Today VideoNuze features a guest post from Ephraim Cohen, founder and managing partner of The Fortex Group, a public relations firm with many clients in the online video and social media industries. Ephraim has also become a good friend through his firm's work on past VideoSchmooze events and the upcoming ELEVATE conference.
As a VideoNuze reader, Ephraim was inspired to think about and share his own family's experience and changing behaviors with video. As you read it, you'll no doubt get the sense that this is still an early adopter's behavior pattern, with some technical knowledge required to make everything work. However, to me, a key takeaway is that for entertainment-only consumers, expanding choice will inevitably cause them to consider their video options and seek better experiences. Even more important, as Ephraim explains, this can actually be a surprisingly good thing for cable operators which ready to adapt to these new realities. Read on to learn more.
Guess What? This Cord Cutter Family Story Has a Happy Ending for The Cable Company
Sure, my home is a virtual consumer electronics lab - all the major game consoles on one main TV, two Rokus, Android and iOS devices and other gadgets. But other than me, we are, tech-wise, a normal family with three youngsters. So cutting the cord had to work for everyone, not just me.
And everyone is happy, mainly due to a well-designed system by our main OTT platforms, Roku and the Playstation 3, and viewing habits built around video-on-demand. Even our three year-old knows how to find her show using the Roku remote to watch the same Garfield over and over and over and over.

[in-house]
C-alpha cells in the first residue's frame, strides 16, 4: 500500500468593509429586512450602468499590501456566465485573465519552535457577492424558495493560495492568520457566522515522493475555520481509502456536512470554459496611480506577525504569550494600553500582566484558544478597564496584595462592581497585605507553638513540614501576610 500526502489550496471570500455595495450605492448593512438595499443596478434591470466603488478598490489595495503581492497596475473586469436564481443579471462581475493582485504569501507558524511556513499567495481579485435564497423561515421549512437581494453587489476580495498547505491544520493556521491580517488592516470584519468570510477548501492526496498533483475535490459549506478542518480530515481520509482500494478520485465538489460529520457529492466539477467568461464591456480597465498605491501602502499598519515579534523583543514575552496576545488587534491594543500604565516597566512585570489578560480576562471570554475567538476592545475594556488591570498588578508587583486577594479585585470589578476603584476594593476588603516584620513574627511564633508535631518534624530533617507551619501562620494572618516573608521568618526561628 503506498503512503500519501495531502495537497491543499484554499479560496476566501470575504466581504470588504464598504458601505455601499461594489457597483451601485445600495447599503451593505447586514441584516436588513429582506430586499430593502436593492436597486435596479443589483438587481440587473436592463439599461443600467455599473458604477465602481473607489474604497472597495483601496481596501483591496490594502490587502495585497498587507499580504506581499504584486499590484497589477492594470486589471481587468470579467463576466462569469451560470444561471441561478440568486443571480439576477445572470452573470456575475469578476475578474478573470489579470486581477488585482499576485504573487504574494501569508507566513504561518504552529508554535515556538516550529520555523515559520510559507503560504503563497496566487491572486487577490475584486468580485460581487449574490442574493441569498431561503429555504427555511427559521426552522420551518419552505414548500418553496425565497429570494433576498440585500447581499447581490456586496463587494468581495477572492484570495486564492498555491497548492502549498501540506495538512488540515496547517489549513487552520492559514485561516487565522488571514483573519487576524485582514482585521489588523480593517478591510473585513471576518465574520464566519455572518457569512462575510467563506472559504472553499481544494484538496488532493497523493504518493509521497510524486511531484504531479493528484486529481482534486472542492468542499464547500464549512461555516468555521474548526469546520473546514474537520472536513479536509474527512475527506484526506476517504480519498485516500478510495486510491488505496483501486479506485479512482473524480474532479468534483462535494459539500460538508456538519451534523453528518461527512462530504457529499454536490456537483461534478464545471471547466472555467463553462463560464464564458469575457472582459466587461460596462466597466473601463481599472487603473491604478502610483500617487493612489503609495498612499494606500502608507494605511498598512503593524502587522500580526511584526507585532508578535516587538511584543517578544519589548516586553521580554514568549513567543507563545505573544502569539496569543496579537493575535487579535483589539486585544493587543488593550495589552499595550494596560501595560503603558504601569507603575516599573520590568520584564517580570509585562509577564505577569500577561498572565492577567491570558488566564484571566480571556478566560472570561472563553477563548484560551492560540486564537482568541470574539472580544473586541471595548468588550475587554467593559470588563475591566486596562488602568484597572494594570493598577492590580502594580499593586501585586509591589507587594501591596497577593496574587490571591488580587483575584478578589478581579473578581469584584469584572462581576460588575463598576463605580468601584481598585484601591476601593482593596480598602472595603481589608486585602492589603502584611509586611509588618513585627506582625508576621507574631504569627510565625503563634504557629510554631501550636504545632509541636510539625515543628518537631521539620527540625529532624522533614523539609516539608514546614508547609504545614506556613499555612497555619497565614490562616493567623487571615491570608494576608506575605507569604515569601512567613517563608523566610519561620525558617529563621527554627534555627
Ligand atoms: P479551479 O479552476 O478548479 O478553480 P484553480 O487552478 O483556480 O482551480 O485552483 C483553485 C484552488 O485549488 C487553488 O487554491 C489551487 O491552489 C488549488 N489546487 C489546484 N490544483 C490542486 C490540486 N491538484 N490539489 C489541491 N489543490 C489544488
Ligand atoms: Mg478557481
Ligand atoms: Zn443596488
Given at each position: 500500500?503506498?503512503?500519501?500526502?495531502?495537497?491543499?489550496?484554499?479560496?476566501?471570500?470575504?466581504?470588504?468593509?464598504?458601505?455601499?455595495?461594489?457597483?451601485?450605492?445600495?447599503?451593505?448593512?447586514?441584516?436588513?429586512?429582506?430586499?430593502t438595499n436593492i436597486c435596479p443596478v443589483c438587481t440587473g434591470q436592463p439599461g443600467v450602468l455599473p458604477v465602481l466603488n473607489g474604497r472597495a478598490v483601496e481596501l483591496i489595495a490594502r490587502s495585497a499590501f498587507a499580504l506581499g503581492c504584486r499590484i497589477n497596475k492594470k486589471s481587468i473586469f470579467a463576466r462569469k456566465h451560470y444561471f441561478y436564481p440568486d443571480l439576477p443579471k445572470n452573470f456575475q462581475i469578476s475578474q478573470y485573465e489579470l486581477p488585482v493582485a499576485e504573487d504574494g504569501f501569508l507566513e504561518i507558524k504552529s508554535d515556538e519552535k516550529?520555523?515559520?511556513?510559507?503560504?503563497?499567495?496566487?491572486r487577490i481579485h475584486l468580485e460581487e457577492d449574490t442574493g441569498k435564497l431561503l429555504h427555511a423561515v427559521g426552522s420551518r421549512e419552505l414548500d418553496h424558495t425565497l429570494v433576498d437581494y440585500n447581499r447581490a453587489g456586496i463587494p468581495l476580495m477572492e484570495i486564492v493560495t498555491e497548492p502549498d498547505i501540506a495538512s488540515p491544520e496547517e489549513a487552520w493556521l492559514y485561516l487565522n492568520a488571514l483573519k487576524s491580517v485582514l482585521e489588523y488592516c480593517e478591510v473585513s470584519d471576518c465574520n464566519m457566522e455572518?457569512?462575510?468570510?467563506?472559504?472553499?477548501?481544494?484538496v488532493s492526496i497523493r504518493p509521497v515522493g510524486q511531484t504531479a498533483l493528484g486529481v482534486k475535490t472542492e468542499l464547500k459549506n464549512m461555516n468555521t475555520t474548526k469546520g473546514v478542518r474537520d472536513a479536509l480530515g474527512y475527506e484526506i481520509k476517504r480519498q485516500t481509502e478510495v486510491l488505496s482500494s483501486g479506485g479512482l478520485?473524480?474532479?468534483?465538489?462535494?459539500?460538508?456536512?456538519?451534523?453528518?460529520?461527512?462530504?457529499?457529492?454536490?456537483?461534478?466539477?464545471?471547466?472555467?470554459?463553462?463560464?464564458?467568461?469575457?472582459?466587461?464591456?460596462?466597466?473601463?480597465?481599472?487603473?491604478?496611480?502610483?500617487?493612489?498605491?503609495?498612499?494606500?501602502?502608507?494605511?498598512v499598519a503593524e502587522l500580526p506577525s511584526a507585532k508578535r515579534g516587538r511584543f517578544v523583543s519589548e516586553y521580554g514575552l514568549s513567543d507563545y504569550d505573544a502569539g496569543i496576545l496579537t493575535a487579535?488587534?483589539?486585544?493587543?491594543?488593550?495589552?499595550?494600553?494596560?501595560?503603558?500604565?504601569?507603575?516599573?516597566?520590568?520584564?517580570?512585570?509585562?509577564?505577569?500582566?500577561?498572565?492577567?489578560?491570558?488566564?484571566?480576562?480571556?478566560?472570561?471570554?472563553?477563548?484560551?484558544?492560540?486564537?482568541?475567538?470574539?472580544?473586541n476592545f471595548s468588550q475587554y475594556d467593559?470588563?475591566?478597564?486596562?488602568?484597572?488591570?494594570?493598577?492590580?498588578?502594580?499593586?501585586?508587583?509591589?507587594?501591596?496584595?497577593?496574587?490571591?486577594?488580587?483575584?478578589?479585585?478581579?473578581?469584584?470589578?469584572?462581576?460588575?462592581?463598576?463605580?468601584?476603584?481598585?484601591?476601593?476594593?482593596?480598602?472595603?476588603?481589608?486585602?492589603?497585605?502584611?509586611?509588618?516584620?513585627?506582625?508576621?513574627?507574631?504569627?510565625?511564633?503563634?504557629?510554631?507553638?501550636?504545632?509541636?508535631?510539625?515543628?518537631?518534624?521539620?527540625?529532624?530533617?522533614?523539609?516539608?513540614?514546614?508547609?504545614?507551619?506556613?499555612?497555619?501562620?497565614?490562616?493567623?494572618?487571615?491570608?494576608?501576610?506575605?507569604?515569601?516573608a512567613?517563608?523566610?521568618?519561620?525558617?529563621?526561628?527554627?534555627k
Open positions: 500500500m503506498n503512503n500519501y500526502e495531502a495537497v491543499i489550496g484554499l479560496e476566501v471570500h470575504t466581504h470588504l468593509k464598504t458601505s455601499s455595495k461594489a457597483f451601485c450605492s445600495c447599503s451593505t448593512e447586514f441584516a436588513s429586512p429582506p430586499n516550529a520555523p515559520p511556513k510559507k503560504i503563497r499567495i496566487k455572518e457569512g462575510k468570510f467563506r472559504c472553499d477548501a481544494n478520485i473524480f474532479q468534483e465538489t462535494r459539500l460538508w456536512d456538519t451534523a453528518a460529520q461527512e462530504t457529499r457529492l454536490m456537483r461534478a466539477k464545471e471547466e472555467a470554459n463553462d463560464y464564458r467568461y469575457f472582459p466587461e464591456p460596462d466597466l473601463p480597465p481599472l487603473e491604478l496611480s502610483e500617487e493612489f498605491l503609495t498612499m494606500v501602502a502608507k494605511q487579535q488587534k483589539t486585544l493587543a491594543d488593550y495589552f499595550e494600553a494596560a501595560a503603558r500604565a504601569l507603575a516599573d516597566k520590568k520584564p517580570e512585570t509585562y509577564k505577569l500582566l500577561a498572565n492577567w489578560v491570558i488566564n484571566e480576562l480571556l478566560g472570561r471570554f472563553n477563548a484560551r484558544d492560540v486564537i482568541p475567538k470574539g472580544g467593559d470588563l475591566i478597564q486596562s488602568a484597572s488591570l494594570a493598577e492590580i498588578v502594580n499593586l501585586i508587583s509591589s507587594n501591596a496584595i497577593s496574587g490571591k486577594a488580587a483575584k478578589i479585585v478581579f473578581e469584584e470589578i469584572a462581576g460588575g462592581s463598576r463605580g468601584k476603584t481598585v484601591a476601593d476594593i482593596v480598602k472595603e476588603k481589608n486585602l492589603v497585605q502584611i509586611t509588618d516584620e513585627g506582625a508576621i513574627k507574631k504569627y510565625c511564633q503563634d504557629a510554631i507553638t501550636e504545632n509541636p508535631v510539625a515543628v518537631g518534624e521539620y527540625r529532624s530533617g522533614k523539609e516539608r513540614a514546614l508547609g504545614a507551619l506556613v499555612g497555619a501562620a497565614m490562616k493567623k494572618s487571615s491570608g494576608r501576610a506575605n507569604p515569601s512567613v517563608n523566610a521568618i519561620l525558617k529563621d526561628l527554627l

When we cut the cord a year ago, the older boys did miss a few programs on TV but only because their friends sometimes talked about what they saw the other night. They didn't miss the cable box or the fact that they could only choose from a few shows at any time. Instead, when they are ready for Star Wars: The Clone Wars, George Lucas is ready for them. If I were to tell them we are losing all this TV on-demand and going back to cable, I would not be having a pleasant Walton-like family evening.
The lesson learned here has been straightforward - make the interface easy, make sure the right content is there, and viewing habits will simply change.
Was it easy from a technology perspective? That's the challenge for the lay consumer. I know how to connect our cable router to a Netgear powerline system to ensure a strong signal across the house and wireline speeds to the main TV. I also knew which OTT platforms would make it easy for my family to watch TV with the shortest possible learning curve and time to video. They don't want to "discover" or search on TV, they just want to watch.
So what's this all mean for Cablevision, our cable company? Is my family's behavior good or bad for their business? Contrary to a lot of what's written about cord-cutting, I think it can actually be good for them and wonder if my habit might actually expand their margins. Our cable TV/Internet bill had been about $85/mo before. It's now $45/mo for Internet but in order to get shows to start faster and have a real "TV-like" experience (and return to channel flipping), we'll probably upgrade soon to the Ultra (101 mbps download) service, which is close to $100/mo. But all of that money goes to Cablevision. They don't pay any licensing fees to content companies since we don't have TV service. We will in turn pay another $8/mo each for Hulu (new shows) and Netflix (older shows/movies) and probably spend another $20-30/mo for TV and movies on demand from Amazon.